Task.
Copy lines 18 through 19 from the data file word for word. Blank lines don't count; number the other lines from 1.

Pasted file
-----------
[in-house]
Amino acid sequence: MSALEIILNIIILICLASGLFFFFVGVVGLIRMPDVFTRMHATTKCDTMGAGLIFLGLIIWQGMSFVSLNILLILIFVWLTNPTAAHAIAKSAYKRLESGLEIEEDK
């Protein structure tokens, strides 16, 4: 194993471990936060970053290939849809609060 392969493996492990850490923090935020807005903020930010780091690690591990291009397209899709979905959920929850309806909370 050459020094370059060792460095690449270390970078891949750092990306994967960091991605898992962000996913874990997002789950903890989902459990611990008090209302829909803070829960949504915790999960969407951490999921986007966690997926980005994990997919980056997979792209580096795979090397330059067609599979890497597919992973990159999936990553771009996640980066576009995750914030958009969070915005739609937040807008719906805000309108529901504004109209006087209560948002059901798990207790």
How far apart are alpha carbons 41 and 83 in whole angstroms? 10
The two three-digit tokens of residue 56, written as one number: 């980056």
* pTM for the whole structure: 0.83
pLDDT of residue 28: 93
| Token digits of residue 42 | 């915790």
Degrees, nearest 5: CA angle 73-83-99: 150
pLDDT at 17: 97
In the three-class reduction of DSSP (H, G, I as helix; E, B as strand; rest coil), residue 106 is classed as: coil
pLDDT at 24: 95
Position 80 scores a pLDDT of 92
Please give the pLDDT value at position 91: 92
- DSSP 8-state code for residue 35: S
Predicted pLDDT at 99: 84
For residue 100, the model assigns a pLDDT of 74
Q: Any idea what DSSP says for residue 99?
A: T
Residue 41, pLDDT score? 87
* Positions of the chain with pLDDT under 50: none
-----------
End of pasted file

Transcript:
Q: Any idea what DSSP says for residue 99?
A: T